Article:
Green Grass

The testator should keep the will at a place where it can be easily found, such as in the cupboard as well as a copy of the Will should be left with the legal advisors. Another solution for married couples is to keep the wife’s Will in the husband’s safe deposit box, and his Will in hers. It may be a good idea to have two to three copies of the Will.

Next, the Will maker needs to identify two individuals who are not receiving any part of the assets under the Will but who are willing to testify that they saw the testator execute the will in front of them. They may also have to confirm that the person was of a sound mind and wrote the will out of his/her own free will. These persons are called attesting witnesses and typically, lawyers, doctors, CAs are chosen to do the same. It is important to include the name, address and telephone number of the person in the Will itself so that the heirs have no difficulty in tracing the attesting witnesses. If the testator is of an advanced age, a fitness certificate from a registered doctor can also be included and attached to the Will.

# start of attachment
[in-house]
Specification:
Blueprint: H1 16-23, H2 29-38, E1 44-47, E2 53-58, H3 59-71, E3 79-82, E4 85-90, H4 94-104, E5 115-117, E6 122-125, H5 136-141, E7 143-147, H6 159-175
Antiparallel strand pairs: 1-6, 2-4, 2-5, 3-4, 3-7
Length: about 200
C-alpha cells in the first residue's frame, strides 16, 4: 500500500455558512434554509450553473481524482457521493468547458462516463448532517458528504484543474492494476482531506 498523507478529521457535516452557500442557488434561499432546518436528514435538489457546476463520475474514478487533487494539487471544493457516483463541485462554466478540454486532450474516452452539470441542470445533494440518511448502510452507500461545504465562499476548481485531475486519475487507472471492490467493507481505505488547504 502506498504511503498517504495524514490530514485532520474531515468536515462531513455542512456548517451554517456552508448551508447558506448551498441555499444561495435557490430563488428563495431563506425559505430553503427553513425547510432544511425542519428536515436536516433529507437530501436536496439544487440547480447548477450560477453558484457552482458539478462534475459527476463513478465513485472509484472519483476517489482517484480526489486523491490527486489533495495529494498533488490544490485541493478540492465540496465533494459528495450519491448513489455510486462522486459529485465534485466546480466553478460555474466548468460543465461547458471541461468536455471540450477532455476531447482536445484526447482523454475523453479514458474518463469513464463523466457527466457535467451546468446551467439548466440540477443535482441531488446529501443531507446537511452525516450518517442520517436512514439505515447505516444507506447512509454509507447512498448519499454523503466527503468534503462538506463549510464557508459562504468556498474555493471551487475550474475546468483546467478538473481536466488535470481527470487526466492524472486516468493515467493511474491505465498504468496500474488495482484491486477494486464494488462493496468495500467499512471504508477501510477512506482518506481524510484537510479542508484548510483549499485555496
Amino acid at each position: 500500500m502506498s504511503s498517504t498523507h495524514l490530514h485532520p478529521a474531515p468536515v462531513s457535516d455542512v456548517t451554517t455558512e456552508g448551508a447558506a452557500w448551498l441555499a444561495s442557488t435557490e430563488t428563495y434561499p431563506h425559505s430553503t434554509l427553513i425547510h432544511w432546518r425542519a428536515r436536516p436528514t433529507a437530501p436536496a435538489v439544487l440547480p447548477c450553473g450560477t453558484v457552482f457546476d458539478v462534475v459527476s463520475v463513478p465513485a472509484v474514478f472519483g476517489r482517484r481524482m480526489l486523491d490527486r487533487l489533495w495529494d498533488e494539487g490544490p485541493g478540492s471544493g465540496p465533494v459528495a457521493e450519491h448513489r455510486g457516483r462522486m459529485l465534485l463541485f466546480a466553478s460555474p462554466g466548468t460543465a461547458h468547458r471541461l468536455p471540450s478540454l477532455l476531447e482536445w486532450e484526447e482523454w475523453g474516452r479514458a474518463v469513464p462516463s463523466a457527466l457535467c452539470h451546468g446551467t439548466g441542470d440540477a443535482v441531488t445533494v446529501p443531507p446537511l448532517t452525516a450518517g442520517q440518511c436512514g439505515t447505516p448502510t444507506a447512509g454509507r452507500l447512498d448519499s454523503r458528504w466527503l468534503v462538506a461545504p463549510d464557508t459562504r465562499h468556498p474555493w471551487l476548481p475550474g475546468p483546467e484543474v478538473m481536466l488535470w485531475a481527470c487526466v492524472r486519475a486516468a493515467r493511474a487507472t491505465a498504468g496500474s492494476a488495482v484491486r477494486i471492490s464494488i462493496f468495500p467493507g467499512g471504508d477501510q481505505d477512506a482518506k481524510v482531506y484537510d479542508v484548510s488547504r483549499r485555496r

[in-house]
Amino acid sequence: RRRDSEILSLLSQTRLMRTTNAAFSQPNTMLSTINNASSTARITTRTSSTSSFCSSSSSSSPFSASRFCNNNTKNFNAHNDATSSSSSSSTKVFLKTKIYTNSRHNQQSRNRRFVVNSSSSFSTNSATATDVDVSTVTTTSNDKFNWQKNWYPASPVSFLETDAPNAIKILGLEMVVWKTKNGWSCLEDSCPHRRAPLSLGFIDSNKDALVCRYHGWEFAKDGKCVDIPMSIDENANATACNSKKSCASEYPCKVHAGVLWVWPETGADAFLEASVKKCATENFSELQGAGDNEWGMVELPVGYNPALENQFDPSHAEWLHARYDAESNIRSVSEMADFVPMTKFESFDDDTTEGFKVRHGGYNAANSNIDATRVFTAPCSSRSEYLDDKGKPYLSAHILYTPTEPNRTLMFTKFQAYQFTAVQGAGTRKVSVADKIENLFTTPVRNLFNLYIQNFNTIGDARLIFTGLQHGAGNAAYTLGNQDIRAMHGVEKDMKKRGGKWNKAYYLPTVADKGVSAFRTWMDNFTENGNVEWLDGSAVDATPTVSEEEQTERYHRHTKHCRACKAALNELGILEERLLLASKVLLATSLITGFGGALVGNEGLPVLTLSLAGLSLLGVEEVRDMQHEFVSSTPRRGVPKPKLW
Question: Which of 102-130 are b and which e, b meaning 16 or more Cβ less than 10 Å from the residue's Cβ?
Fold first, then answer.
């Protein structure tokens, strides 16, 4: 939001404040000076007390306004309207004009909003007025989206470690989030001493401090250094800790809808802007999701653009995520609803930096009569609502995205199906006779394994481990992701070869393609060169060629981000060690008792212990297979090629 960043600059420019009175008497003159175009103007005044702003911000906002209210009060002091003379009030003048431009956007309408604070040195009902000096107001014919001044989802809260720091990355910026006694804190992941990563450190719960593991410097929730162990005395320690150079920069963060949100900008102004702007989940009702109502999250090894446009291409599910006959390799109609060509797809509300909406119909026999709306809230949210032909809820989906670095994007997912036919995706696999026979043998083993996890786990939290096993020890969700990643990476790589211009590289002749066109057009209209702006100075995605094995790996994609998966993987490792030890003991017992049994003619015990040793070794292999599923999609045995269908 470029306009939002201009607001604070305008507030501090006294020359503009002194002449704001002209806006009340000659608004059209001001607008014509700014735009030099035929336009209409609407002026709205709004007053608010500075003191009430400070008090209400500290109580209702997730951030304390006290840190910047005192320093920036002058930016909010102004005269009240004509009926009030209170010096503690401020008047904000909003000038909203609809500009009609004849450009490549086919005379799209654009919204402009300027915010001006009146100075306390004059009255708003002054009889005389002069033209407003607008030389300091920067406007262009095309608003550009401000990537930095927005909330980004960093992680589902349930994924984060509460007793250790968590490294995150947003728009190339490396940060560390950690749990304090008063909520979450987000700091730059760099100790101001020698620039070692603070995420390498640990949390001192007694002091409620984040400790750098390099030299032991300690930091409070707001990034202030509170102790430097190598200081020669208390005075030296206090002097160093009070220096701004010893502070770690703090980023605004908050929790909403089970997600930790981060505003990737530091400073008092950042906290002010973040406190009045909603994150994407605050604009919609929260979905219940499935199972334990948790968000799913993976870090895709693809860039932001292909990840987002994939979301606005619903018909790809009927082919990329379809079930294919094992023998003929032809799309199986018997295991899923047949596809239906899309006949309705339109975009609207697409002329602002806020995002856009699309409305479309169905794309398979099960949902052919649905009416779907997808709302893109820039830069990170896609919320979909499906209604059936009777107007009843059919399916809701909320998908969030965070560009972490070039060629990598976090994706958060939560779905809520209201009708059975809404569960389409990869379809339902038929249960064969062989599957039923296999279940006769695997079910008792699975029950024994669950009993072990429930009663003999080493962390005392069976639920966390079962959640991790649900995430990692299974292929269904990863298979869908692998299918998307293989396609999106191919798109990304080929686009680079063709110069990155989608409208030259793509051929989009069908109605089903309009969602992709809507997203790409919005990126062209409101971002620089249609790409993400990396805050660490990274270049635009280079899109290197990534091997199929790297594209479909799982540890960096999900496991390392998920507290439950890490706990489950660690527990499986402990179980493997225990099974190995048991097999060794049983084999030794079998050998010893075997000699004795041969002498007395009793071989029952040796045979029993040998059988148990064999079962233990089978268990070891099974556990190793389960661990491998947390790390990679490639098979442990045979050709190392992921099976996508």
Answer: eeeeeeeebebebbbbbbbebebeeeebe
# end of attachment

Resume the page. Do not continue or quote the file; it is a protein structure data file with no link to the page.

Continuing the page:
While it is not mandatory to register a Will, in case the testator expects that the heirs are likely to challenge the Will, it may be a good idea to do so. The testator may also video-graph the Will where the testator himself reads out the Will before a camera. All these acts add towards reducing the challenge to the Will and making it stronger.

Another important issue would be to identify person(s) who is/are close confidante(s), who would be willing to act as executor(s) of the Will. An executor of a Will is entrusted with the task of collecting the assets of a person, discharging the liabilities from such assets and thereafter distributing the same as per the Will. This process is called administration of the Will. Ideally, the executor chosen should be a trusted person and also younger than the testator to reduce the chances of the executor dying before the testator. The executor dying before the testator would increase complexities by making it necessary for the heirs to appoint another administrator. Another important point is that the administration may become complex process if the size of Estate is large. If you have named a family member or friend, be sure to give them authorization to seek professional help in settling the estate. Be sure to name a successor executor in case your first choice dies or declines to serve for personal reasons.